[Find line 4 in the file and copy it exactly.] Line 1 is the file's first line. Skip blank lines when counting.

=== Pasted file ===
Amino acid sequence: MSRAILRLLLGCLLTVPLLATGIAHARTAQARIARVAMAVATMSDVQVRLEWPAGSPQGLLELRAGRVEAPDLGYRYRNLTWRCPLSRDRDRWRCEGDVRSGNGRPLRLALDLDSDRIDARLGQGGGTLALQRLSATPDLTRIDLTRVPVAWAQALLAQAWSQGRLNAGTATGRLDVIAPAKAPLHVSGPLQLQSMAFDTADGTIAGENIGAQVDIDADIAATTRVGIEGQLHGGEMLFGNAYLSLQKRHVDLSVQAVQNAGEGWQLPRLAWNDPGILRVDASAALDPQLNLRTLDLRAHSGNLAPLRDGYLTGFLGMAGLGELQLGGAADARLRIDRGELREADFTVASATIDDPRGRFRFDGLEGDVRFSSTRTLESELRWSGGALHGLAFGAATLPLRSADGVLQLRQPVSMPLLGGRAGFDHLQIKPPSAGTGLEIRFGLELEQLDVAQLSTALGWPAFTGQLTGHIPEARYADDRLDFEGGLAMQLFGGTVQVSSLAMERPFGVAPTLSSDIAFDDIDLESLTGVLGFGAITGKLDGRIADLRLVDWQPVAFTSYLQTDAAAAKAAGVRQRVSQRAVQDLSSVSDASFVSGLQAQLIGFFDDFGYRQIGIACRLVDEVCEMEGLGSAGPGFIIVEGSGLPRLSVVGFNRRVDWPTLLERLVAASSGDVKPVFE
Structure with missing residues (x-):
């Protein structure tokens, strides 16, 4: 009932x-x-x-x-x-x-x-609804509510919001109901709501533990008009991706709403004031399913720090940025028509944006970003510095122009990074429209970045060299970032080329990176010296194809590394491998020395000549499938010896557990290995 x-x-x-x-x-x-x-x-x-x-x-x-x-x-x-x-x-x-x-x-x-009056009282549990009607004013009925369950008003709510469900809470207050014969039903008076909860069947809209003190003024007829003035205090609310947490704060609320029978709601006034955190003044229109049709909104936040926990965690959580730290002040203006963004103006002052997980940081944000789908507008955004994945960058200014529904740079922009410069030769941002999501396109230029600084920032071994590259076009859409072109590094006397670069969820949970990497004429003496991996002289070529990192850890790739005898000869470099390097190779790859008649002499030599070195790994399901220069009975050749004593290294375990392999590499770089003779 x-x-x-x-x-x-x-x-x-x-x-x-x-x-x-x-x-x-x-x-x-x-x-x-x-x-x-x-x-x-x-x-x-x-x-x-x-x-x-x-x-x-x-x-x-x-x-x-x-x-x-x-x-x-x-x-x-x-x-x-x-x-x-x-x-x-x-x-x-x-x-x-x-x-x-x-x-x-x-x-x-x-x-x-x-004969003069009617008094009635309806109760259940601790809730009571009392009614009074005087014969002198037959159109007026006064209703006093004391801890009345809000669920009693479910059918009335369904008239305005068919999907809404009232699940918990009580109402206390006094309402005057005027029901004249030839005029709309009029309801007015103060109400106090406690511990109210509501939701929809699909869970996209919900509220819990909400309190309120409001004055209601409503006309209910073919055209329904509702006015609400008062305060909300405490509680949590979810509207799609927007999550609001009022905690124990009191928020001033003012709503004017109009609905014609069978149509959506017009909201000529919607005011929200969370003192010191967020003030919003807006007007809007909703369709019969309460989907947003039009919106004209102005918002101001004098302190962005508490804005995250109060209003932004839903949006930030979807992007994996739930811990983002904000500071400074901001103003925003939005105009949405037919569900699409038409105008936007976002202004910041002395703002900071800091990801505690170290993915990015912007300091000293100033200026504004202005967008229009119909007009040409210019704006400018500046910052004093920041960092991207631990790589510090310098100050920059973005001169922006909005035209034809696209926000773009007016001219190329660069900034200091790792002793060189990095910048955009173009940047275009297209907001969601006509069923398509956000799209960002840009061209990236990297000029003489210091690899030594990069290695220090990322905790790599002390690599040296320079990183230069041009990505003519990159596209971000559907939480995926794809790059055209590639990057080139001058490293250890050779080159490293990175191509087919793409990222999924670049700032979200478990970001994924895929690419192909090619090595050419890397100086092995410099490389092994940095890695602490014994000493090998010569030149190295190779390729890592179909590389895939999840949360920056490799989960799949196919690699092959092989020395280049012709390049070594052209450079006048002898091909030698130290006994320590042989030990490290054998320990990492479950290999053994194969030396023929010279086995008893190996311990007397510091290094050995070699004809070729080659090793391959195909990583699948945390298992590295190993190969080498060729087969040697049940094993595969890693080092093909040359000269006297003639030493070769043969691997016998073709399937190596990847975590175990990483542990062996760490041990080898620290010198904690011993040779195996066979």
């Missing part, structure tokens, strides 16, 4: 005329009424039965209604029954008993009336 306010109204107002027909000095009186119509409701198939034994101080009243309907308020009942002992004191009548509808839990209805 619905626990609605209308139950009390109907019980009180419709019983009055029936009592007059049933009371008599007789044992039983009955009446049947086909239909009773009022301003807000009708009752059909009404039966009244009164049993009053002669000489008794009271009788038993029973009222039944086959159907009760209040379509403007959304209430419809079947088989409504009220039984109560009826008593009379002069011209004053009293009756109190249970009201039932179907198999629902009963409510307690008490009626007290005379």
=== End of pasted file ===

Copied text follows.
């Missing part, structure tokens, strides 16, 4: 005329009424039965209604029954008993009336 306010109204107002027909000095009186119509409701198939034994101080009243309907308020009942002992004191009548509808839990209805 619905626990609605209308139950009390109907019980009180419709019983009055029936009592007059049933009371008599007789044992039983009955009446049947086909239909009773009022301003807000009708009752059909009404039966009244009164049993009053002669000489008794009271009788038993029973009222039944086959159907009760209040379509403007959304209430419809079947088989409504009220039984109560009826008593009379002069011209004053009293009756109190249970009201039932179907198999629902009963409510307690008490009626007290005379």